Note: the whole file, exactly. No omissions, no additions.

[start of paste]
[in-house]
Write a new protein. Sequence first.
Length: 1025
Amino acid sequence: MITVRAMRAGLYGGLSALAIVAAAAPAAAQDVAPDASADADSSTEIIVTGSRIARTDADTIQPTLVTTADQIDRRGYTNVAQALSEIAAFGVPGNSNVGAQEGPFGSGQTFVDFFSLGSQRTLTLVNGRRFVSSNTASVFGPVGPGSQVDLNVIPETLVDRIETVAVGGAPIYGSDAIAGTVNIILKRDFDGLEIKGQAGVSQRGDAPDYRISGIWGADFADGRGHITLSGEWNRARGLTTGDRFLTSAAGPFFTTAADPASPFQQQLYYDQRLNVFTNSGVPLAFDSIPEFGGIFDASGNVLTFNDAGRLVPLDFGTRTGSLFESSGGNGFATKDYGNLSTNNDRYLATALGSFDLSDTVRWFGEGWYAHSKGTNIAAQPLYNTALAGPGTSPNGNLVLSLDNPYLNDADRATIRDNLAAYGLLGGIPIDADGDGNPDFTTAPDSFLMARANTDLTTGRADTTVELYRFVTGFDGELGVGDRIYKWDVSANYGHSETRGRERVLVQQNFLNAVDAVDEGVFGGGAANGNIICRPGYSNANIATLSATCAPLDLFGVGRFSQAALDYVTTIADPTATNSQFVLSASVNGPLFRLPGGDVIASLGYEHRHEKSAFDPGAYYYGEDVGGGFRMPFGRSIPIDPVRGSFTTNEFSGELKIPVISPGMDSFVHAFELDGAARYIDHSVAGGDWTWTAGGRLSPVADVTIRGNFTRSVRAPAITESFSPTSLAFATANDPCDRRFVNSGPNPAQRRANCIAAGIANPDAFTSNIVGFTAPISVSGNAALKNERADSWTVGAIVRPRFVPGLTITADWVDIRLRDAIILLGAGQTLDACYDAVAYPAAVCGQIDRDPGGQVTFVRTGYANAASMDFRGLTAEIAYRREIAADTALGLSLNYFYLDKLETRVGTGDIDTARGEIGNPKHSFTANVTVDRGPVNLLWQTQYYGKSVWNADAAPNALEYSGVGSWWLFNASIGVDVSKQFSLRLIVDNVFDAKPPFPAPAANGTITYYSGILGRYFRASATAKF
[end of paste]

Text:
[in-house]
Write a new protein. Sequence first.
Length: 1025
Amino acid sequence: MITVRAMRAGLYGGLSALAIVAAAAPAAAQDVAPDASADADSSTEIIVTGSRIARTDADTIQPTLVTTADQIDRRGYTNVAQALSEIAAFGVPGNSNVGAQEGPFGSGQTFVDFFSLGSQRTLTLVNGRRFVSSNTASVFGPVGPGSQVDLNVIPETLVDRIETVAVGGAPIYGSDAIAGTVNIILKRDFDGLEIKGQAGVSQRGDAPDYRISGIWGADFADGRGHITLSGEWNRARGLTTGDRFLTSAAGPFFTTAADPASPFQQQLYYDQRLNVFTNSGVPLAFDSIPEFGGIFDASGNVLTFNDAGRLVPLDFGTRTGSLFESSGGNGFATKDYGNLSTNNDRYLATALGSFDLSDTVRWFGEGWYAHSKGTNIAAQPLYNTALAGPGTSPNGNLVLSLDNPYLNDADRATIRDNLAAYGLLGGIPIDADGDGNPDFTTAPDSFLMARANTDLTTGRADTTVELYRFVTGFDGELGVGDRIYKWDVSANYGHSETRGRERVLVQQNFLNAVDAVDEGVFGGGAANGNIICRPGYSNANIATLSATCAPLDLFGVGRFSQAALDYVTTIADPTATNSQFVLSASVNGPLFRLPGGDVIASLGYEHRHEKSAFDPGAYYYGEDVGGGFRMPFGRSIPIDPVRGSFTTNEFSGELKIPVISPGMDSFVHAFELDGAARYIDHSVAGGDWTWTAGGRLSPVADVTIRGNFTRSVRAPAITESFSPTSLAFATANDPCDRRFVNSGPNPAQRRANCIAAGIANPDAFTSNIVGFTAPISVSGNAALKNERADSWTVGAIVRPRFVPGLTITADWVDIRLRDAIILLGAGQTLDACYDAVAYPAAVCGQIDRDPGGQVTFVRTGYANAASMDFRGLTAEIAYRREIAADTALGLSLNYFYLDKLETRVGTGDIDTARGEIGNPKHSFTANVTVDRGPVNLLWQTQYYGKSVWNADAAPNALEYSGVGSWWLFNASIGVDVSKQFSLRLIVDNVFDAKPPFPAPAANGTITYYSGILGRYFRASATAKF